Culture and counseling


Published on

Published in: Business, Technology
1 Like
  • Be the first to comment

No Downloads
Total views
On SlideShare
From Embeds
Number of Embeds
Embeds 0
No embeds

No notes for slide

Culture and counseling

  1. 1. ORGANIZATIONAL CULTURE<br />Organizations ,like individuals come in all shape and sizes with different cultures. <br />‘culture’ is a term often used to describe differences in organizations.<br />Just as individuals have their own personalities which include temperament ,interpersonal style and their particular way of engaging with the world, so organizations have their personality( their culture) which determines, the behavior of the employees.<br />Organizational culture is about the ecology, the ethos, the personality, the atmosphere of a company or institution.<br />
  2. 2. It comprises of values, beliefs and attitudes that are shared by members of the organization.<br />Sometimes these shared values comes directly from the organization and are enshrined in mission statements and policies, but much of the culture is passed on to newcomers invisibly.<br />Organizational culture emerges in dress code, language, authority and power, permission to do things, sexual expression, management style.<br />It is also referred to as the ‘shadow side‘ of the organization. <br />An effective manager knows and manages the shadow side as well as the formal side of the organizations. <br />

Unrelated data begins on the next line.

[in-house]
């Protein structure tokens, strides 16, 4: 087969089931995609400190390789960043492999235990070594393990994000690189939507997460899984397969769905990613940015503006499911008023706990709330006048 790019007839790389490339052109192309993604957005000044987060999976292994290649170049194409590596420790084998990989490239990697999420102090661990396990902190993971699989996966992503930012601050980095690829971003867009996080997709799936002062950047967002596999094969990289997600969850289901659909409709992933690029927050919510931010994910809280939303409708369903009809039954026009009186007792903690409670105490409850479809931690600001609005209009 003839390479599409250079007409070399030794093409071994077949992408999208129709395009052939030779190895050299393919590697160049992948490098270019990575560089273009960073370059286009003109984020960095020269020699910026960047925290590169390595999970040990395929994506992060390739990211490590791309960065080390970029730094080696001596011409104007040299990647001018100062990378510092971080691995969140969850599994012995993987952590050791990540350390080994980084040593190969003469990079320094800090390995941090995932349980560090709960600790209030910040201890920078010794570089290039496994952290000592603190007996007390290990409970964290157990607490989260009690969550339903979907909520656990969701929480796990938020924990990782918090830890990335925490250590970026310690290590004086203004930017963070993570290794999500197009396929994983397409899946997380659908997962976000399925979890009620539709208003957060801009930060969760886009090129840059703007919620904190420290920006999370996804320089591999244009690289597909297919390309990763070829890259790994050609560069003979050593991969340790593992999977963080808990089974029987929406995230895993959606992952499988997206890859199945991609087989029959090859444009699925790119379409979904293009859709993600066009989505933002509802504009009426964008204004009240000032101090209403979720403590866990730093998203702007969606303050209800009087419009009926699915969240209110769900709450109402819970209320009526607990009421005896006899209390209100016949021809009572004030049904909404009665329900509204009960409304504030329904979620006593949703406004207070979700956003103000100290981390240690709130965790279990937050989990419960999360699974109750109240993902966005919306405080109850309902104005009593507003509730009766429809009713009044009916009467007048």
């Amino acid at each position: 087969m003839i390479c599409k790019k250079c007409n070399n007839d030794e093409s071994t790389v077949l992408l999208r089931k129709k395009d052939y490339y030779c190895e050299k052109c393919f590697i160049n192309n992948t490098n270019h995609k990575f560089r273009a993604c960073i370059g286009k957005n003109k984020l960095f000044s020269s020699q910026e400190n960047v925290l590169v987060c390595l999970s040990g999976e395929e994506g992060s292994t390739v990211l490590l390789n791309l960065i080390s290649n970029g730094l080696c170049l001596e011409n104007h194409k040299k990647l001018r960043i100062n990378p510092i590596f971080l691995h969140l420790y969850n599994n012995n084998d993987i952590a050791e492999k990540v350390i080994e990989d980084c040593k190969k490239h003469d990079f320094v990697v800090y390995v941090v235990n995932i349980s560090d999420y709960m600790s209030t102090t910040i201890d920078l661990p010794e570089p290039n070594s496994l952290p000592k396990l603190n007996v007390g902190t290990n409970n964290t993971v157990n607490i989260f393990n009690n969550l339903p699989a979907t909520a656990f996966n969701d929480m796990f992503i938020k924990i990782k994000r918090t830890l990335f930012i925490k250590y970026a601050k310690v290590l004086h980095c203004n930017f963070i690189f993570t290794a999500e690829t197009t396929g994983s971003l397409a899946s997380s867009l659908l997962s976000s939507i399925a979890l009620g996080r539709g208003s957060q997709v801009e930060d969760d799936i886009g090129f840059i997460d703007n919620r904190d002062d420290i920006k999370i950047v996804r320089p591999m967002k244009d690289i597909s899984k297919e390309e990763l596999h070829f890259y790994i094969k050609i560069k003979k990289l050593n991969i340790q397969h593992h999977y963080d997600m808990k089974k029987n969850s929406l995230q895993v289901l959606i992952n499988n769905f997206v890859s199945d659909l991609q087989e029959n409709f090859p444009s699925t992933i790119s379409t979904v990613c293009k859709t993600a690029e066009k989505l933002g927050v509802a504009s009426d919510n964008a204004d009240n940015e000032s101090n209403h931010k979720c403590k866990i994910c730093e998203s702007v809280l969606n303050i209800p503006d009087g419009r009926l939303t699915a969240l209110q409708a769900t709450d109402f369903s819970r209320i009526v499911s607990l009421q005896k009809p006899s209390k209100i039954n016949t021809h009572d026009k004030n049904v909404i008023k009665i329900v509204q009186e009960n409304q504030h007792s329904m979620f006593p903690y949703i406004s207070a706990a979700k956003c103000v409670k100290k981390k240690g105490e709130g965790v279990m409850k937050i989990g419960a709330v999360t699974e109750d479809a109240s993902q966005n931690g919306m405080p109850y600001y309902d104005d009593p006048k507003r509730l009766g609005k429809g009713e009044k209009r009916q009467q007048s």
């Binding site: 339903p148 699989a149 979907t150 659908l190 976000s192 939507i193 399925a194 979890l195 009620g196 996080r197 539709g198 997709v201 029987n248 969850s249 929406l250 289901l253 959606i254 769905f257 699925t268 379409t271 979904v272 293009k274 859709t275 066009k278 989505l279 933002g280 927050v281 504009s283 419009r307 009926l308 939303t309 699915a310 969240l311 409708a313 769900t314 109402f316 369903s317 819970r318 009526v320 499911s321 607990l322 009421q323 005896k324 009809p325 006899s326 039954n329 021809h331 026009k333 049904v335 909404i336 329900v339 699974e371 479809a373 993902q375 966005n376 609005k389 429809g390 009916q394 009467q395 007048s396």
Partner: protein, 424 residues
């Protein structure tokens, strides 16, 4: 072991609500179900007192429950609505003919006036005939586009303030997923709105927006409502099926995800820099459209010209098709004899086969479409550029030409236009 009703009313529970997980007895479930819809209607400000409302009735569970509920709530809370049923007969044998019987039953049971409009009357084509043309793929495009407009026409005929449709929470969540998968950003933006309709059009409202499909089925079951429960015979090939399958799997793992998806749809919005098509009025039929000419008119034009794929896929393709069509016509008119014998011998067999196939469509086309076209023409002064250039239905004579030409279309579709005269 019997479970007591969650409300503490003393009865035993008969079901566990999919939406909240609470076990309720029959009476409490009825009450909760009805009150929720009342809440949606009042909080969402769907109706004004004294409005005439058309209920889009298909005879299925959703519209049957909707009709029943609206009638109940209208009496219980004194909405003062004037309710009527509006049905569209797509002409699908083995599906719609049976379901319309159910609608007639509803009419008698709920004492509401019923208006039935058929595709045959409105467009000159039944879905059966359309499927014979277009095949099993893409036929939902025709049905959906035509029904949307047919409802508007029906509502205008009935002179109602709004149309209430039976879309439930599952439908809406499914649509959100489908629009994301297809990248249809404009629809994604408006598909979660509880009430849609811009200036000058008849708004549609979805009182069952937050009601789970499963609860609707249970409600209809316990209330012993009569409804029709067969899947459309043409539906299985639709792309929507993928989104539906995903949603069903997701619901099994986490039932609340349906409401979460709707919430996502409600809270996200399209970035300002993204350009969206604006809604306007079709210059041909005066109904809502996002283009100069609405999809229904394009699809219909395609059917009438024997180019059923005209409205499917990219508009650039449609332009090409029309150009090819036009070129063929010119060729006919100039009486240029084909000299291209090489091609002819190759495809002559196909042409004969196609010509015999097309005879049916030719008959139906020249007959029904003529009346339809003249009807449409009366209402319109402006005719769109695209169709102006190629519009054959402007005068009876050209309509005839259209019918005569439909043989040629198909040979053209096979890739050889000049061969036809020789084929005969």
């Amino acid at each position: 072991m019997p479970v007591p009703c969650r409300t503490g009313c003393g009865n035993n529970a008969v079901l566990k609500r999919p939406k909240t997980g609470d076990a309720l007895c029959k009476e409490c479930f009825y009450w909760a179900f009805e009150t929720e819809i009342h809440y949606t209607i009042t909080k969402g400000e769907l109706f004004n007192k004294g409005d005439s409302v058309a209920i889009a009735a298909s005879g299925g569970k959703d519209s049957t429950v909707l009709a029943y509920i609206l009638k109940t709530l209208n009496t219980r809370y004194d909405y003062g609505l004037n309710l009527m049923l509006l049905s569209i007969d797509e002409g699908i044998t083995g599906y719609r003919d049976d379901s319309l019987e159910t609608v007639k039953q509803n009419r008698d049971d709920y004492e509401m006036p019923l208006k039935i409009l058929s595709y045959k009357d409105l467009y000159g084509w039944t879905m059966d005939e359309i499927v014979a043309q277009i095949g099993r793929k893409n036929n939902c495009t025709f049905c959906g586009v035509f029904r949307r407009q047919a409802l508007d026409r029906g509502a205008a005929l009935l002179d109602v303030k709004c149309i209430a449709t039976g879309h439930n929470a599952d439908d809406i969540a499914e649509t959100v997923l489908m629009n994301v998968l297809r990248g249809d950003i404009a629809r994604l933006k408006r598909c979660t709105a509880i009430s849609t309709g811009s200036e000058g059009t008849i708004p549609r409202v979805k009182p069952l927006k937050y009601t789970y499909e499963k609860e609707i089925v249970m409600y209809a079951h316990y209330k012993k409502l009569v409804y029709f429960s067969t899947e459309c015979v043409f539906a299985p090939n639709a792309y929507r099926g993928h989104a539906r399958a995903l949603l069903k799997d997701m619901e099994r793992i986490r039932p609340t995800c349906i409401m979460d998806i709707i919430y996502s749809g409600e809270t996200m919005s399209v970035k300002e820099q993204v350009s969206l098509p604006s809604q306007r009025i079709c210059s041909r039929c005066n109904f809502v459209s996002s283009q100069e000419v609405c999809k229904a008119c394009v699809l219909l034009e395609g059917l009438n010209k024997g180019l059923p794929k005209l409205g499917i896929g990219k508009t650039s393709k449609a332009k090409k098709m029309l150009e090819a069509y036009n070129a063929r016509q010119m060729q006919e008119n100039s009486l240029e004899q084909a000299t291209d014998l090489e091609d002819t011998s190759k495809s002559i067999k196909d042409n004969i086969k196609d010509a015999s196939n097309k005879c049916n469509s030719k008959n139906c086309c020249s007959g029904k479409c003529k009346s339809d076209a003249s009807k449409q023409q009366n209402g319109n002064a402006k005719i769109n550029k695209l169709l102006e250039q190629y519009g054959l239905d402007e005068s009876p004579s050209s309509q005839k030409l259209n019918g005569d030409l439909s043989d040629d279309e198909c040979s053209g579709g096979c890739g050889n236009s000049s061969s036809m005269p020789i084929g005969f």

3. 3. Organizational culture is a powerful influence on its members, and newcomers are socialized into the prevailing culture very effectively and often unconsciously.<br />By agreeing to do so, they are accepted within the culture and individuals who do not conform stand out and are laughed at, some are seen as rebels, and some represent the anti-culture lobby for the organization.<br />
  4. 4. Why understanding culture?<br />Understanding the culture of the organization or group or institution, gives valuable insight into why individuals within these groups act the way they do, and also helps us devise interventions to help people who become ill, mentally or physically.<br />It may even be that organizational culture which demands behavior from people that makes them ill.<br />
  5. 5. Strengths and Weakness of culture<br />Like trying to classify individuals into types( eg. Introvert, extrovert), several authors have attempted to classify organizations by culture.<br />This has both strength and weakness.<br /> STRENGTHS:<br /> It helps us understand, in broad way, how to compare and contrast different organizations.<br /> WEAKNESS:<br /> we can take the culture, like diagnostic categories for individuals.<br />